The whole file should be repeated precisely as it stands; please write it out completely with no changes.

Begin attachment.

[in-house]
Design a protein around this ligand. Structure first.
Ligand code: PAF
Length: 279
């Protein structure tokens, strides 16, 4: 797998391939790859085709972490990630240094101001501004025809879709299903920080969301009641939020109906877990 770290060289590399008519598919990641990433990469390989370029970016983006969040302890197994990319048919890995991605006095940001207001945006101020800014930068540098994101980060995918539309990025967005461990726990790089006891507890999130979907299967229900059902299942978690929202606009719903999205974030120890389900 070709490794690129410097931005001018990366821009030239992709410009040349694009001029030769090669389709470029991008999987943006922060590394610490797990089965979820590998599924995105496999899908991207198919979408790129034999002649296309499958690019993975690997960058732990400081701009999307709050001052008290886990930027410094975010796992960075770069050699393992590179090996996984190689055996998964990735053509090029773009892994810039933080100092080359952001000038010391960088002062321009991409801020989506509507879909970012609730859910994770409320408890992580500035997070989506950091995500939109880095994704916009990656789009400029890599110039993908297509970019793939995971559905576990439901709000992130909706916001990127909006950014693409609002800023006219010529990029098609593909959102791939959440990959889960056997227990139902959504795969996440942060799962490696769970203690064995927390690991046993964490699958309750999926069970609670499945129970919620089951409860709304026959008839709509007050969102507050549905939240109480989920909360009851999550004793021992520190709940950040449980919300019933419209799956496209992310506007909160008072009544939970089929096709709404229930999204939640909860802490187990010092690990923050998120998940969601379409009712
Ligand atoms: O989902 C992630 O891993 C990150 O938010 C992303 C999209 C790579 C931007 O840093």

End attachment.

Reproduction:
[in-house]
Design a protein around this ligand. Structure first.
Ligand code: PAF
Length: 279
């Protein structure tokens, strides 16, 4: 797998391939790859085709972490990630240094101001501004025809879709299903920080969301009641939020109906877990 770290060289590399008519598919990641990433990469390989370029970016983006969040302890197994990319048919890995991605006095940001207001945006101020800014930068540098994101980060995918539309990025967005461990726990790089006891507890999130979907299967229900059902299942978690929202606009719903999205974030120890389900 070709490794690129410097931005001018990366821009030239992709410009040349694009001029030769090669389709470029991008999987943006922060590394610490797990089965979820590998599924995105496999899908991207198919979408790129034999002649296309499958690019993975690997960058732990400081701009999307709050001052008290886990930027410094975010796992960075770069050699393992590179090996996984190689055996998964990735053509090029773009892994810039933080100092080359952001000038010391960088002062321009991409801020989506509507879909970012609730859910994770409320408890992580500035997070989506950091995500939109880095994704916009990656789009400029890599110039993908297509970019793939995971559905576990439901709000992130909706916001990127909006950014693409609002800023006219010529990029098609593909959102791939959440990959889960056997227990139902959504795969996440942060799962490696769970203690064995927390690991046993964490699958309750999926069970609670499945129970919620089951409860709304026959008839709509007050969102507050549905939240109480989920909360009851999550004793021992520190709940950040449980919300019933419209799956496209992310506007909160008072009544939970089929096709709404229930999204939640909860802490187990010092690990923050998120998940969601379409009712
Ligand atoms: O989902 C992630 O891993 C990150 O938010 C992303 C999209 C790579 C931007 O840093």